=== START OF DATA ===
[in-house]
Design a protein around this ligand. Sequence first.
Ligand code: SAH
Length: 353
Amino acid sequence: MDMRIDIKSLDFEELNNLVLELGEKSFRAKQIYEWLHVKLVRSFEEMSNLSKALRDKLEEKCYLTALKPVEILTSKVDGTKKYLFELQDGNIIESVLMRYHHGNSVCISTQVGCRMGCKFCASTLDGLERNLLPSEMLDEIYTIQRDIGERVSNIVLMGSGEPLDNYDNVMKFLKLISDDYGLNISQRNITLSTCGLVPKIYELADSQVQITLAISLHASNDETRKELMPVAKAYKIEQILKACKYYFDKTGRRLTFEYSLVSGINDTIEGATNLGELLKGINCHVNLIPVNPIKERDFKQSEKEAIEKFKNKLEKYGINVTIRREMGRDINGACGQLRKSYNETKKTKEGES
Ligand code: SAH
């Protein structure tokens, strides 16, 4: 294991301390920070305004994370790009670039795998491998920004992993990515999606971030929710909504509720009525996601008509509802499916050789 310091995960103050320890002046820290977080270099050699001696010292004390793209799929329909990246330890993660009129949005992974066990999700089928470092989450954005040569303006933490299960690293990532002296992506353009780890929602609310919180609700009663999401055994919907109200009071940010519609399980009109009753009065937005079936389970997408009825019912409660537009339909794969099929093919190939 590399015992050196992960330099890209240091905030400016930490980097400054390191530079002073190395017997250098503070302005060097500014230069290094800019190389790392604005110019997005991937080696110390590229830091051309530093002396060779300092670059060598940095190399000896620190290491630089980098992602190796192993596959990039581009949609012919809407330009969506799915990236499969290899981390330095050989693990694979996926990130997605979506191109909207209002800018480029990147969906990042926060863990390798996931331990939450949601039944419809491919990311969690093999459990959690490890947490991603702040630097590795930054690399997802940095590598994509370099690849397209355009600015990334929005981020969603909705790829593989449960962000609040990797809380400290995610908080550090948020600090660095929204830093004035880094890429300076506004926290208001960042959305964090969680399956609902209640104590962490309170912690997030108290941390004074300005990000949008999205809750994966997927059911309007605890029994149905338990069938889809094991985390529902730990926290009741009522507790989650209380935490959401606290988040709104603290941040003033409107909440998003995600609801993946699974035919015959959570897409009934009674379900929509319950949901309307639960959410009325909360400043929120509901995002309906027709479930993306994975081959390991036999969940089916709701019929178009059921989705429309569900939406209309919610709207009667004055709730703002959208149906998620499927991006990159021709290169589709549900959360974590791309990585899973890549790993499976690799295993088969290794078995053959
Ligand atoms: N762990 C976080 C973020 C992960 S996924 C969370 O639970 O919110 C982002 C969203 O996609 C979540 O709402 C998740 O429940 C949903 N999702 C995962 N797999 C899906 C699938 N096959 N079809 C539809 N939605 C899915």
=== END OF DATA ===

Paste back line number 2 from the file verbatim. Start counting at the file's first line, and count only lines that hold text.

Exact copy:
Design a protein around this ligand. Sequence first.